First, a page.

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Changes to Disclosure Requirements in off the plan sale contracts

In 2017 Dubbo experienced the largest population growth of any local government area in Western NSW.

With a growing population comes a need for new houses and apartments. Many of these new houses are sold “Off the Plan” meaning entering a contract to purchase a house/apartment or vacant land when the property does not yet exist as its own parcel.

On 22 November 2018 the NSW Government passed the Conveyancing Legislation Amendment Bill 2018, which changes to the legal requirements for off the plan contracts, it has not yet commenced and will commence on a date proclaimed by the minister. Whilst the accompanying regulations are yet to be published it does not appear that the changes will apply retrospectively. Here is a brief look at the changes:

Extended Cooling off period.

Currently in NSW Contracts for Sale of Land there is a 5 business day cooling-off period. This means that the purchaser has until 5pm on the 5th business day after the contract date to withdraw from the contract. If the purchaser exercises this right they forfeit to the vendor 0.25% of the purchase price.

The new legislation extends the cooling-off period for off-the-plan contracts to 10 business days.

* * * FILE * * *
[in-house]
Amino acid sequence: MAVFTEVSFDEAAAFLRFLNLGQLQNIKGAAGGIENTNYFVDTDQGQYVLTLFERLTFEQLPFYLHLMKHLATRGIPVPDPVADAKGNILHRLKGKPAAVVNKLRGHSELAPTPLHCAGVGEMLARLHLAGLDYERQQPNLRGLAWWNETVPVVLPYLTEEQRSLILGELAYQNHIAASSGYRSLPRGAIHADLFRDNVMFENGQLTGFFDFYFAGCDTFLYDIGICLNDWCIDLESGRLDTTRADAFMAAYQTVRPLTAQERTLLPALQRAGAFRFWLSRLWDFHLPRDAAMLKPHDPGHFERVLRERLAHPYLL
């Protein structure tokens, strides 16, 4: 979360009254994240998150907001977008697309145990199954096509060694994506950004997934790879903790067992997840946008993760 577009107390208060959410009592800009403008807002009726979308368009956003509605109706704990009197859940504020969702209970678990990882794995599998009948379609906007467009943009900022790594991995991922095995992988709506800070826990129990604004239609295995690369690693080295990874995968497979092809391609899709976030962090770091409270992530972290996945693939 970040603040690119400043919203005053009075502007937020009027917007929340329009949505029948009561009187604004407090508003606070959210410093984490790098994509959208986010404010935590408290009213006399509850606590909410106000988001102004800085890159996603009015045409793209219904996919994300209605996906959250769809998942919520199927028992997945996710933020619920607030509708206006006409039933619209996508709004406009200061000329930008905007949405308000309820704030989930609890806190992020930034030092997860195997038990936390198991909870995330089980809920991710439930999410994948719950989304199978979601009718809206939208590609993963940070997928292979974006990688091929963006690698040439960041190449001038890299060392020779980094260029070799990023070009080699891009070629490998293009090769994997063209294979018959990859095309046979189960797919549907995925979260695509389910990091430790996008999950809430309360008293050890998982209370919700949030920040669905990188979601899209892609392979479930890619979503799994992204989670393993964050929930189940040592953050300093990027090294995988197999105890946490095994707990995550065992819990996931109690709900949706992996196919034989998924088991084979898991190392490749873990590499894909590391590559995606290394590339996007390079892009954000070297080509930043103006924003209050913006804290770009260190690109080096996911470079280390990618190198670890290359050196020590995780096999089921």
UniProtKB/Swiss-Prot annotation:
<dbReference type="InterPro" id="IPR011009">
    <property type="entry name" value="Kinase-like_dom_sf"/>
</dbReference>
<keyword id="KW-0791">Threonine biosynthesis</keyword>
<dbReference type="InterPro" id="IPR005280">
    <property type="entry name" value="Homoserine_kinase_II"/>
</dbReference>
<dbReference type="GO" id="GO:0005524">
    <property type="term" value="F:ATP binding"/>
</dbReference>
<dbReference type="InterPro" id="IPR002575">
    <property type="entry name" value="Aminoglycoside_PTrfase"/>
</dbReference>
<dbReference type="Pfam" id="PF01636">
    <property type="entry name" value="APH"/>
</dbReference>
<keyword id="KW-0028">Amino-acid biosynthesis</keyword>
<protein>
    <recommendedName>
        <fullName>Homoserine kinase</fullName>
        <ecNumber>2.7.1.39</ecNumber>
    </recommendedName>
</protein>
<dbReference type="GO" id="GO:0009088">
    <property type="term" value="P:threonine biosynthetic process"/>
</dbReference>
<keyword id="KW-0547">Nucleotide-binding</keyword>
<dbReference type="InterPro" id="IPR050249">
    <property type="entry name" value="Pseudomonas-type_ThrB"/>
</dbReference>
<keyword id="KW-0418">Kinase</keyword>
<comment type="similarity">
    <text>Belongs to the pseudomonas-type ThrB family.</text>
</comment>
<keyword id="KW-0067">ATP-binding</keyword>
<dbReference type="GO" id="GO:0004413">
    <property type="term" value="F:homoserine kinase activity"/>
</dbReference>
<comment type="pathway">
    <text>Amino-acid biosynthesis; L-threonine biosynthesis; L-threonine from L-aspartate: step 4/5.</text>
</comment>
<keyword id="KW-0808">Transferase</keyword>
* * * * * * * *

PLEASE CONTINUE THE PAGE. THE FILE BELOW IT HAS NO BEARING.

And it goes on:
The new legislation still provides a mechanism for the cooling-off period to be waived if the purchaser instructs their solicitor to sign a section 66W certificate which states that the contract has been explained to the purchaser, and they agree to waive their cooling-off rights.

Disclosure statement

Another change is the vendor under an off-the-plan contract will be required to make a disclosure statement available for inspection, with the contract, before the property can be advertised for sale.

The disclosure statement will need to include documents such as:

  1. Copy of the draft subdivision plan and section 88b instrument
  2. Proposed strata by-laws,
  3. Proposed community or neighbourhood management statements
  4. Schedule of finishes.

Once a contract is exchanged, if the vendor becomes aware that the disclosure statement contains inaccuracies in a “material particular”, a notice of changes must be served on each affected purchaser at least 21 days before completion of the contract. Each purchaser will have the right to rescind (withdraw from contract without penalty) if any change notified in the notice of changes is such that the purchaser would not have entered into the contract had the purchaser been aware of the change and would be materially prejudiced by the change.

In a practical sense, the disclosure statement and the material attached to it will not differ greatly from the documents and information already provided in Contracts by most developers. The new legislation is set to provide a minimum standard of information that all developers will need to supply to purchasers.

The legislative changes will require developers to finalise in the early stages of a project, matters such as by-laws which may not be as important to the developer but will be of great interest to potential buyers looking for a future home. In addition developers who go to market without a development consent will need to be confident consent conditions when granted will not cause issues.

If you are planning on selling property off the plan and think that this will affect you, please contact our property law team to find out more.